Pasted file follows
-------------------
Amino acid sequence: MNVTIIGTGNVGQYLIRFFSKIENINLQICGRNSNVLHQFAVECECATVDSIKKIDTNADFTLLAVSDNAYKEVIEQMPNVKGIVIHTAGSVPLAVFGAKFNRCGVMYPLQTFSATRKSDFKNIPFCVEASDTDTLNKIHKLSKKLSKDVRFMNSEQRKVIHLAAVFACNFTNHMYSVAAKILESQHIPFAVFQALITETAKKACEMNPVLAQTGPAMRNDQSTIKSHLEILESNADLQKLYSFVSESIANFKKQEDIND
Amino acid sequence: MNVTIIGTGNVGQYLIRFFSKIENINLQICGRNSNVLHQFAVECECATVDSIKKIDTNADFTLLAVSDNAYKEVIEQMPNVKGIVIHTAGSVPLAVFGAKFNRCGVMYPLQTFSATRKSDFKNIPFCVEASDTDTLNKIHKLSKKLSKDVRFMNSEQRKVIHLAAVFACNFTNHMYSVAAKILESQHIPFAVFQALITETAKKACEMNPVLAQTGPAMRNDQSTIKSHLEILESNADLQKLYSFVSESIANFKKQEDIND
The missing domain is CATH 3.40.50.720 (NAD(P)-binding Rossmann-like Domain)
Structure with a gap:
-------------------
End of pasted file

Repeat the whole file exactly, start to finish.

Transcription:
Amino acid sequence: MNVTIIGTGNVGQYLIRFFSKIENINLQICGRNSNVLHQFAVECECATVDSIKKIDTNADFTLLAVSDNAYKEVIEQMPNVKGIVIHTAGSVPLAVFGAKFNRCGVMYPLQTFSATRKSDFKNIPFCVEASDTDTLNKIHKLSKKLSKDVRFMNSEQRKVIHLAAVFACNFTNHMYSVAAKILESQHIPFAVFQALITETAKKACEMNPVLAQTGPAMRNDQSTIKSHLEILESNADLQKLYSFVSESIANFKKQEDIND
Amino acid sequence: MNVTIIGTGNVGQYLIRFFSKIENINLQICGRNSNVLHQFAVECECATVDSIKKIDTNADFTLLAVSDNAYKEVIEQMPNVKGIVIHTAGSVPLAVFGAKFNRCGVMYPLQTFSATRKSDFKNIPFCVEASDTDTLNKIHKLSKKLSKDVRFMNSEQRKVIHLAAVFACNFTNHMYSVAAKILESQHIPFAVFQALITETAKKACEMNPVLAQTGPAMRNDQSTIKSHLEILESNADLQKLYSFVSESIANFKKQEDIND
The missing domain is CATH 3.40.50.720 (NAD(P)-binding Rossmann-like Domain)
Structure with a gap: